During the same period, the English monarch Charles II gave the province to the Lords Proprietors, a group of noblemen who had helped restore Charles to the throne in 1670. The new province of "Carolina" was named in honor and memory of King Charles I (Latin: Carolus). In 1712, North Carolina became a separate colony. With the exception of the Earl Granville's holdings, it became a royal colony seventeen years later. On May 20, 1775 Mecklenburg County became the first North Carolina county to publicly declare its independence from Great Britain. It did so by issuing the Mecklenburg Declaration. (Because of its similarity to the more well-known United States Declaration of Independence, which would appear 18 months later, the document is thought by some to be spurious.) On April 12, 1776, the colony became the first to instruct its delegates to the Continental Congress to vote for independence from the British crown. The dates of both of these independence-related events are memorialized on the state flag and state seal.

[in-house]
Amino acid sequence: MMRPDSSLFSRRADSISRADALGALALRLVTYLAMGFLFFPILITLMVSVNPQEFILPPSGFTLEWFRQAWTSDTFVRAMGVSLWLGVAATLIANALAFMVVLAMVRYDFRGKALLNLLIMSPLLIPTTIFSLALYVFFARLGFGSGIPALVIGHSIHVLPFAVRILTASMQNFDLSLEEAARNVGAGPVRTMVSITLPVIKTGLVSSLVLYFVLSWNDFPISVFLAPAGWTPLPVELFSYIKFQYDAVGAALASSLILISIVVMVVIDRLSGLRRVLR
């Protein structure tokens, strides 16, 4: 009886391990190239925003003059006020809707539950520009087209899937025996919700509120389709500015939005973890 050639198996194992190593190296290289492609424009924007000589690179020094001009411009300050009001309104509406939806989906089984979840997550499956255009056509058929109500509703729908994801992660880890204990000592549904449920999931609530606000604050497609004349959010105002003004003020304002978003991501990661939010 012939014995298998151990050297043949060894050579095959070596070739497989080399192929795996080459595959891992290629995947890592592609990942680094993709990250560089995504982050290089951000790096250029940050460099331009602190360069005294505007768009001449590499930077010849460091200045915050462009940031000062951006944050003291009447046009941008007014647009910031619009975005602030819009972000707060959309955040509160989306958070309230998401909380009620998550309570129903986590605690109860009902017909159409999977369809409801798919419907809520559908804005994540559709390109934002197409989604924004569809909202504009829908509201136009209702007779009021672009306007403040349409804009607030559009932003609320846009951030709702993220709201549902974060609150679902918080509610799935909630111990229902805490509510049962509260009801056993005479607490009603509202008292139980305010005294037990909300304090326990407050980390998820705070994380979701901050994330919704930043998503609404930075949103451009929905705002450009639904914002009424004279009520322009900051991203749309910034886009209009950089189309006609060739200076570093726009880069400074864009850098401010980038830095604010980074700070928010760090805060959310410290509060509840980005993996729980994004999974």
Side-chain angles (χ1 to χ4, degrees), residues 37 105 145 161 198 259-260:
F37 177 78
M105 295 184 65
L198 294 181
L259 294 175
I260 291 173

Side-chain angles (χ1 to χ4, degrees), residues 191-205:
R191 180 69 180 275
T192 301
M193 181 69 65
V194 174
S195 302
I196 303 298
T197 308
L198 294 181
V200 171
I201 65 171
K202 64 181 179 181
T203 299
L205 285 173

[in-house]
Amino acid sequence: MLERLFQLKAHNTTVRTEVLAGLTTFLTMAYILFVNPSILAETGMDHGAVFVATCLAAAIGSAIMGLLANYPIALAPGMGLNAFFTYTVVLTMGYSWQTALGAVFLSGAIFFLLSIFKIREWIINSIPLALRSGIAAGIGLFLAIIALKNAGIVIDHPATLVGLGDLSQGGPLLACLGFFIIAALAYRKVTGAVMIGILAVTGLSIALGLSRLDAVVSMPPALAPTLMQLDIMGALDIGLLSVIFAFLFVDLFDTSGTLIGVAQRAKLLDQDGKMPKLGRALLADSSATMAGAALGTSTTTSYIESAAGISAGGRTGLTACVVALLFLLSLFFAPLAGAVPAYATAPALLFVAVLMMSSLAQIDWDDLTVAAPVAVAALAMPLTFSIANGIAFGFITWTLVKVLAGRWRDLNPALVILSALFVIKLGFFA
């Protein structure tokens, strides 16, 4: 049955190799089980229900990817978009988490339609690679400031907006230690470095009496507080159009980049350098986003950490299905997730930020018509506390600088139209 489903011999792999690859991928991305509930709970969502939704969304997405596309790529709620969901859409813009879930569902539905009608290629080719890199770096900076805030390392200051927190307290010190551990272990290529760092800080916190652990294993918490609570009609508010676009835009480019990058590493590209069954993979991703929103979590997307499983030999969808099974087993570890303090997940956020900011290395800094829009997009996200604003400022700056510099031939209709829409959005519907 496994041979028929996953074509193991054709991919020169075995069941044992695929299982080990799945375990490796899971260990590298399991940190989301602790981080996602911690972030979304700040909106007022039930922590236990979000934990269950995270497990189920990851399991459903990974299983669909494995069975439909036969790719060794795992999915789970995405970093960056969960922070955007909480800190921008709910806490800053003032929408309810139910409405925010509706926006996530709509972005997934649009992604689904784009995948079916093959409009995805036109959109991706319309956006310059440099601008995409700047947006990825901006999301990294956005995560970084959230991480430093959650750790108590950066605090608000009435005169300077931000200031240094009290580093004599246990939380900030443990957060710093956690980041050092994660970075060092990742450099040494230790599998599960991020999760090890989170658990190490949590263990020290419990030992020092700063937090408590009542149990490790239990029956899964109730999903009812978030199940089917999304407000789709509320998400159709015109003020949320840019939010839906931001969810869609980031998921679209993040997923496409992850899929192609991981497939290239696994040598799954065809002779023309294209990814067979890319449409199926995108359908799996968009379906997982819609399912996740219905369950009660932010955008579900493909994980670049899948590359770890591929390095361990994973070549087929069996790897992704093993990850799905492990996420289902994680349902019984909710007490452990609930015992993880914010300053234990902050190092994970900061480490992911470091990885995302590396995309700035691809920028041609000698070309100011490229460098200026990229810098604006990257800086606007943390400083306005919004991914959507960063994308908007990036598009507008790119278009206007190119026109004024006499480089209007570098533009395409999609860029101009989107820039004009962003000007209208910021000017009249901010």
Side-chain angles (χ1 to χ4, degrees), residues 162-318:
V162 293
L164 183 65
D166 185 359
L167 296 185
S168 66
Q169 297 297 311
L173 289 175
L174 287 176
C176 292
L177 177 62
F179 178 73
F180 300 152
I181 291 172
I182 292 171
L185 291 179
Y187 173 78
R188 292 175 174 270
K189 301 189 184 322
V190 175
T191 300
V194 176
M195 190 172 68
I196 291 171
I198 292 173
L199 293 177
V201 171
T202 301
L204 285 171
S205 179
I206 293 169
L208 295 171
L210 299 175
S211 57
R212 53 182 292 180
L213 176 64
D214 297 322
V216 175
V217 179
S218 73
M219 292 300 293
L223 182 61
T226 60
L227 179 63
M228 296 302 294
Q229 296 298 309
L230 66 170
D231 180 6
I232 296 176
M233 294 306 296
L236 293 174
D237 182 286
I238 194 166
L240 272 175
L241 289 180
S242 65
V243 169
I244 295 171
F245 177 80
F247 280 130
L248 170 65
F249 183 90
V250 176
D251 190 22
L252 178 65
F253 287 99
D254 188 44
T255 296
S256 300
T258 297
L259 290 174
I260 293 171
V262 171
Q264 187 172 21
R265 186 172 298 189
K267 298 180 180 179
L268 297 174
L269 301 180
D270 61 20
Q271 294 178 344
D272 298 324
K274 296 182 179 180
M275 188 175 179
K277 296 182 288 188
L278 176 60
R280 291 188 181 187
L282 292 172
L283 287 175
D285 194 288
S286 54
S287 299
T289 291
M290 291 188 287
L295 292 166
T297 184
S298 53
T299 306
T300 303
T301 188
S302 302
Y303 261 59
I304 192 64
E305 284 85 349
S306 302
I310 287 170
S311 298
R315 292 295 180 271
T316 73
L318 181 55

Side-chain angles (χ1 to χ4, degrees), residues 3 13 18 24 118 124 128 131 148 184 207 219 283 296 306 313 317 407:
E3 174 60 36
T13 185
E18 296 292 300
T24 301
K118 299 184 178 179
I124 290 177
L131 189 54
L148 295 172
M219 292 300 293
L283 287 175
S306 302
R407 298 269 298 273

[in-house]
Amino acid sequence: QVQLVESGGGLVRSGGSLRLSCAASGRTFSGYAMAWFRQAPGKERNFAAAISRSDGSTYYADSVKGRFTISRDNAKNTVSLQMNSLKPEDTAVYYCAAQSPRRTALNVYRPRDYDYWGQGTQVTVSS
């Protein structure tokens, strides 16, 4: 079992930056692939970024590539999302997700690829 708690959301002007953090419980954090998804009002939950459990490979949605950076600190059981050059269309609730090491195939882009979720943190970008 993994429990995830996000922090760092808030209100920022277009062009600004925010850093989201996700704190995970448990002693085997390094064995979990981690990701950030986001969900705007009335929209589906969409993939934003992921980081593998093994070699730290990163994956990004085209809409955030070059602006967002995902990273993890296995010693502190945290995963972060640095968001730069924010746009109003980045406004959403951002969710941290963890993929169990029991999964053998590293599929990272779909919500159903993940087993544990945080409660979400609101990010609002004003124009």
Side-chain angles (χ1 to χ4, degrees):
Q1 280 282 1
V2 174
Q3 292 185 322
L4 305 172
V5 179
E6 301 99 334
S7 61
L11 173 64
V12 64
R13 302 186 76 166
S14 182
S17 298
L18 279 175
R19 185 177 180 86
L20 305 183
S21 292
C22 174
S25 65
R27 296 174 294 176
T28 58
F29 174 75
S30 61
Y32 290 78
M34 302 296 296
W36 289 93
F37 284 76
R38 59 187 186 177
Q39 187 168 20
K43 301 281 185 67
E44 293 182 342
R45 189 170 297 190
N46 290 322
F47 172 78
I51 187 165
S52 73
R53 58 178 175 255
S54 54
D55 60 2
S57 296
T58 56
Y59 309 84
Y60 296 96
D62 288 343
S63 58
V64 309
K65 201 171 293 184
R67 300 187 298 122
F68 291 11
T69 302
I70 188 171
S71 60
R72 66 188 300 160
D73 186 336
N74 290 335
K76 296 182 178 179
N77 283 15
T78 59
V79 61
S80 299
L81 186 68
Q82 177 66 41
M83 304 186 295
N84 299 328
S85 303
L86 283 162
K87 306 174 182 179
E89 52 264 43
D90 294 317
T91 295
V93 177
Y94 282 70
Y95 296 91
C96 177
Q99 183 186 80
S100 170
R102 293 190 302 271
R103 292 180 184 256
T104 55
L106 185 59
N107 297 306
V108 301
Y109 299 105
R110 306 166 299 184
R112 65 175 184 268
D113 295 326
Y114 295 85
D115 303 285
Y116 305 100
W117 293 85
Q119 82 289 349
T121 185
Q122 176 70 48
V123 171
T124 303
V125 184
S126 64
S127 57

In 1860, North Carolina was a slave state. However, it refused to join the Confederacy until President Abraham Lincoln called on it to invade its sister-state, South Carolina. The state was the site of few battles, but in the Civil War it provided at least 125,000 troops to the Confederacy— more than any other Confederate state. Approximately 40,000 of those troops never returned home, dead of battlefield wounds, disease and privation. Governor Zebulon Baird Vance, elected in 1862, tried to maintain state autonomy against Confederate President Jefferson Davis in Richmond. Even after secession, some North Carolinians refused to support the Confederacy; this was particularly true of non-slaveowning farmers in the state's mountains and western Piedmont region. Some of these farmers remained neutral during the war, while others covertly supported the Union cause during the conflict. Even so, Confederate troops from North Carolina served in virtually all the major battles of the Army of Northern Virginia, the Confederacy's largest and most famous army. The largest battle fought in North Carolina was at Bentonville, which was a futile attempt by Confederate General Joseph Johnston to slow Union General William Tecumseh Sherman's advance through the Carolinas in the spring of 1865. In March 1865, Sherman was able to capture his chief North Carolina objective when he took Goldsboro; at the time it was the main railroad junction in North Carolina. Johnston surrendered one of the largest Confederate armies at Bennett Place, a farm house in what is now Durham, in late April 1865, weeks after General Robert E. Lee's surrender at Appomattox.